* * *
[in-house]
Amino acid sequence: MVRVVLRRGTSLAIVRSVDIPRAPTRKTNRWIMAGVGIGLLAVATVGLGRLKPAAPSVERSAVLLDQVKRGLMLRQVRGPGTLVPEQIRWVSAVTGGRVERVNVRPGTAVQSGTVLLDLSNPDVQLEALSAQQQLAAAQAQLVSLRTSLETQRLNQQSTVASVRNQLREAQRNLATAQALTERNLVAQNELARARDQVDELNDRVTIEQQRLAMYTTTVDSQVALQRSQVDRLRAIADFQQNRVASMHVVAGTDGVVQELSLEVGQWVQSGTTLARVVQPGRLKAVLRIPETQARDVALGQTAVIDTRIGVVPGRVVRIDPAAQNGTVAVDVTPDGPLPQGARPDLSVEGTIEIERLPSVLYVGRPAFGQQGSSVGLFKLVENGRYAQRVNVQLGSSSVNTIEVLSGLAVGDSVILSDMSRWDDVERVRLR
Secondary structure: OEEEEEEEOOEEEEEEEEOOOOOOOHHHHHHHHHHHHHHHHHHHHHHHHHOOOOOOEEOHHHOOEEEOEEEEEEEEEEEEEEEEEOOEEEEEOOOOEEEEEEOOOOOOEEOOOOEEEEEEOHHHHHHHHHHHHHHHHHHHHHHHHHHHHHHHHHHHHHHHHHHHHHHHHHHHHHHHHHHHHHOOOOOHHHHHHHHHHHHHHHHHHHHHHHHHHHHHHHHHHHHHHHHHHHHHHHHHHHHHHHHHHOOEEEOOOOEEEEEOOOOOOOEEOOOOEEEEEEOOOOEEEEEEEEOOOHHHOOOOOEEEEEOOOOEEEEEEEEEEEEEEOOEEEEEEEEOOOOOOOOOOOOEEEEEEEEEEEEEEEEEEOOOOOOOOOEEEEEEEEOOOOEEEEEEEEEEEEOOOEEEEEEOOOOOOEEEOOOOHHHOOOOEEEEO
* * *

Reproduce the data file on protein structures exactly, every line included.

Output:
[in-house]
Amino acid sequence: MVRVVLRRGTSLAIVRSVDIPRAPTRKTNRWIMAGVGIGLLAVATVGLGRLKPAAPSVERSAVLLDQVKRGLMLRQVRGPGTLVPEQIRWVSAVTGGRVERVNVRPGTAVQSGTVLLDLSNPDVQLEALSAQQQLAAAQAQLVSLRTSLETQRLNQQSTVASVRNQLREAQRNLATAQALTERNLVAQNELARARDQVDELNDRVTIEQQRLAMYTTTVDSQVALQRSQVDRLRAIADFQQNRVASMHVVAGTDGVVQELSLEVGQWVQSGTTLARVVQPGRLKAVLRIPETQARDVALGQTAVIDTRIGVVPGRVVRIDPAAQNGTVAVDVTPDGPLPQGARPDLSVEGTIEIERLPSVLYVGRPAFGQQGSSVGLFKLVENGRYAQRVNVQLGSSSVNTIEVLSGLAVGDSVILSDMSRWDDVERVRLR
Secondary structure: OEEEEEEEOOEEEEEEEEOOOOOOOHHHHHHHHHHHHHHHHHHHHHHHHHOOOOOOEEOHHHOOEEEOEEEEEEEEEEEEEEEEEOOEEEEEOOOOEEEEEEOOOOOOEEOOOOEEEEEEOHHHHHHHHHHHHHHHHHHHHHHHHHHHHHHHHHHHHHHHHHHHHHHHHHHHHHHHHHHHHHOOOOOHHHHHHHHHHHHHHHHHHHHHHHHHHHHHHHHHHHHHHHHHHHHHHHHHHHHHHHHHHOOEEEOOOOEEEEEOOOOOOOEEOOOOEEEEEEOOOOEEEEEEEEOOOHHHOOOOOEEEEEOOOOEEEEEEEEEEEEEEOOEEEEEEEEOOOOOOOOOOOOEEEEEEEEEEEEEEEEEEOOOOOOOOOEEEEEEEEOOOOEEEEEEEEEEEEOOOEEEEEEOOOOOOEEEOOOOHHHOOOOEEEEO